‘The Woman Who Lived in a Restaurant’ by Leone Ross

Ross’s writing is sensual, brooding, playful, dark and unexpected – and nowhere more so than in this story.The Woman Who Lived in a Restaurant’ is about love, sacrifice, misogyny, loyalty, sex and death. It does what it says on the tin: a woman takes up permanent residence in her would-be lover’s restaurant to wait patiently for his affection. The building itself cracks, shifts and breaks whenever the lovers touch too much: she’s in for a long wait, as he’s married to his job. So she waits. He sends her exquisite, off-menu dishes for breakfast, lunch and dinner, and she waits. Customers complain about her, and she waits. Staff resent her, and she waits. The couple take great, melancholic pleasure in the simple joy of being in proximity, of having one another in sight, sharing a single kiss each day, but never truly being together. In fact, as the chef goes home each night, the mistress actually spends more time with his wife, the silent but ever-present restaurant. And there’s something quite beautiful about that too.

First published by Nightjar Press in 2015, and collected in Come Let Us Sing Anyway, Peepal Tree Press, 2017, Best British Short Stories 2016, Salt, 2016 and The Penguin Book of the Contemporary British Short Story, Penguin, 2018. Read it online at the Barcelona Review

‘The Woman Who Lived in a Restaurant’ by Leone Ross

Nicholas Royle’s Nightjar Press publishes uncanny, unsettling stories as individual chapbooks. They’re well worth checking out: I’ve been introduced to some wonderful writers through the Nightjar series, not least Leone Ross. In this particular tale, a woman sits at a table in a local restaurant and simply stays there. She is served meals, and washes in the restroom. Any member of staff who takes against her is promptly sacked. The maître d’ tells the story to one new recruit: the woman had fallen in love with the chef-proprietor; but he was already tied to his restaurant. And the restaurant would brook no rival for its owner’s affections.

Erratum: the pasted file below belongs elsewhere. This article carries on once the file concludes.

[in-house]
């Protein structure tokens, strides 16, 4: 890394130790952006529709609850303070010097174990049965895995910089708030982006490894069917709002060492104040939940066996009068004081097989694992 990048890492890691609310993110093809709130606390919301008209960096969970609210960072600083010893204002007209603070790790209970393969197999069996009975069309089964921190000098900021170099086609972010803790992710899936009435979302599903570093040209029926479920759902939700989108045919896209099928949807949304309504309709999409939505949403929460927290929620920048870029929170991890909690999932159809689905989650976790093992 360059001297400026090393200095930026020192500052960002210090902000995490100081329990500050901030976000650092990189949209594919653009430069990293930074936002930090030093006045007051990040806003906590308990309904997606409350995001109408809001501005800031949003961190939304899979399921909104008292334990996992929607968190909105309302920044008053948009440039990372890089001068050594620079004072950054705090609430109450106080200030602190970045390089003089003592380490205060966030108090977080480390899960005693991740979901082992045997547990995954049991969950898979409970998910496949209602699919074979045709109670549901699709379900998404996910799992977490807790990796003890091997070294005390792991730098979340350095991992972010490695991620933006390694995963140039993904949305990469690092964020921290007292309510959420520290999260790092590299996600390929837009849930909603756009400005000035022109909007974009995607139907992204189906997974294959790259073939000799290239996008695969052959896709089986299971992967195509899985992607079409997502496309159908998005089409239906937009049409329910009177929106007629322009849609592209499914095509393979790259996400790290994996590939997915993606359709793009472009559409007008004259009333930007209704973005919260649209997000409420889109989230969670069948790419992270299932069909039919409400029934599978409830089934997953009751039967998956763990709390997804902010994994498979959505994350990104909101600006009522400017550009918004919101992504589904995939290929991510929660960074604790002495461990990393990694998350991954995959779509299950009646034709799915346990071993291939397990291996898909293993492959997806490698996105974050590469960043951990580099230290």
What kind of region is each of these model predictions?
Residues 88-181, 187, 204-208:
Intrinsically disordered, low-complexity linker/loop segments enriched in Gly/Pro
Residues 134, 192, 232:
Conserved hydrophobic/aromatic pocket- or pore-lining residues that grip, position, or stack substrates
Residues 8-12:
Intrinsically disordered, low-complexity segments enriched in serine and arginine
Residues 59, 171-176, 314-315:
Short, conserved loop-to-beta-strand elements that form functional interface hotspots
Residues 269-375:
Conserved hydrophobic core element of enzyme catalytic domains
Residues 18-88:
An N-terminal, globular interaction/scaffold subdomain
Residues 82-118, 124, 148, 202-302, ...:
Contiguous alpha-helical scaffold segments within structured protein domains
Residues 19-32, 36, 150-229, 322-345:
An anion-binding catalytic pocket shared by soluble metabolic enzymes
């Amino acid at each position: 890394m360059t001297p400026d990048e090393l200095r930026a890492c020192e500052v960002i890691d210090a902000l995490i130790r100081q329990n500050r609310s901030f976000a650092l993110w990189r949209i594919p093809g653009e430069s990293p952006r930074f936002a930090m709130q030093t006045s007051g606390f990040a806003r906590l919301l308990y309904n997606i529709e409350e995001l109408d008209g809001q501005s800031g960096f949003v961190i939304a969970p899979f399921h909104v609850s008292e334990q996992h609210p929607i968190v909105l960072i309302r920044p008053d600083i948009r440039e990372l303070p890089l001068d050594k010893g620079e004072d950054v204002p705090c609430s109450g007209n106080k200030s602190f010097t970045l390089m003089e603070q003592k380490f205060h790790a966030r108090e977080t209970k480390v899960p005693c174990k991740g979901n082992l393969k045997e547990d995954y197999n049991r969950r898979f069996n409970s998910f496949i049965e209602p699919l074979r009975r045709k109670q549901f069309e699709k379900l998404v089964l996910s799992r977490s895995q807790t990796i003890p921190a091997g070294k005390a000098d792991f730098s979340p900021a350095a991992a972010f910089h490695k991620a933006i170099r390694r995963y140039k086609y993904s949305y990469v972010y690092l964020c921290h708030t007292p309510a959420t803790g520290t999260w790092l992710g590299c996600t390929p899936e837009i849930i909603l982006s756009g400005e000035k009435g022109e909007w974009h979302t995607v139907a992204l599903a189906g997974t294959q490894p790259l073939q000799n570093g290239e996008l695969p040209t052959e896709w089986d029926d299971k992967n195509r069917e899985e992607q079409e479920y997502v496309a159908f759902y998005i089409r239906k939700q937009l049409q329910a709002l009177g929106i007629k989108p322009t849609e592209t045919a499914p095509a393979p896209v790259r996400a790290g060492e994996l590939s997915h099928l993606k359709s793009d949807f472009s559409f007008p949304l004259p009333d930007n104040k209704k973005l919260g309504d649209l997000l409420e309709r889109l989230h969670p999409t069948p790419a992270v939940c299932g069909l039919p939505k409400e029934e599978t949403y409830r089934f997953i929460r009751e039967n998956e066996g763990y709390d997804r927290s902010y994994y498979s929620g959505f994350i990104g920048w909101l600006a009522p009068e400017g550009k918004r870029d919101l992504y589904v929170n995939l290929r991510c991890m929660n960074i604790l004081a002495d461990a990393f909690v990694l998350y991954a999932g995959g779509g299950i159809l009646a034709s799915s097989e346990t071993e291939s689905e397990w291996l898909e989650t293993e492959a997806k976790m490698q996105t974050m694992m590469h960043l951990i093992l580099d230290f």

Ross tells her story in the most delightfully measured prose, as carefully placed as the elements of a fine restaurant dish. That prose style creates its own world for the piece, so that everything within it seems quite logical and natural. By the end, I was reluctant to leave.

(First published as a Nightjar Press chapbook in 2015, which is how I read it. Available in the collection Come Let Us Sing Anyway (Peepal Tree Press, 2017), the anthology Best British Short Stories 2016 (Salt Publishing) and to read online here)